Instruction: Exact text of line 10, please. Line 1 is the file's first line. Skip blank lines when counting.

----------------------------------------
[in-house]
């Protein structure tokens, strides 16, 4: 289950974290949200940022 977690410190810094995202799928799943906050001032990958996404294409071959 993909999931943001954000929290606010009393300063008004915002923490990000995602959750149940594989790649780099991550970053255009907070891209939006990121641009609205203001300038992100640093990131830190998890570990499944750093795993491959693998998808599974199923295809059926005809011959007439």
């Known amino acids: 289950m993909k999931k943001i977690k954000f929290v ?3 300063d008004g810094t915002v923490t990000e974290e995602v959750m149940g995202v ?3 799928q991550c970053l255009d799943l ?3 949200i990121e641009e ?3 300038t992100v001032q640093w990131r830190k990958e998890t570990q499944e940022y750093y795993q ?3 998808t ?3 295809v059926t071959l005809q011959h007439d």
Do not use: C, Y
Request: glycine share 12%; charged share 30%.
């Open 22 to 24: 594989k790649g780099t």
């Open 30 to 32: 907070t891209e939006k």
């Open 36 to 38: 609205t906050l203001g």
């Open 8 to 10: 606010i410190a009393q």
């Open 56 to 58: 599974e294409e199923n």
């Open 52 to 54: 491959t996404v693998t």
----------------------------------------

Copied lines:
């Open 56 to 58: 599974e294409e199923n």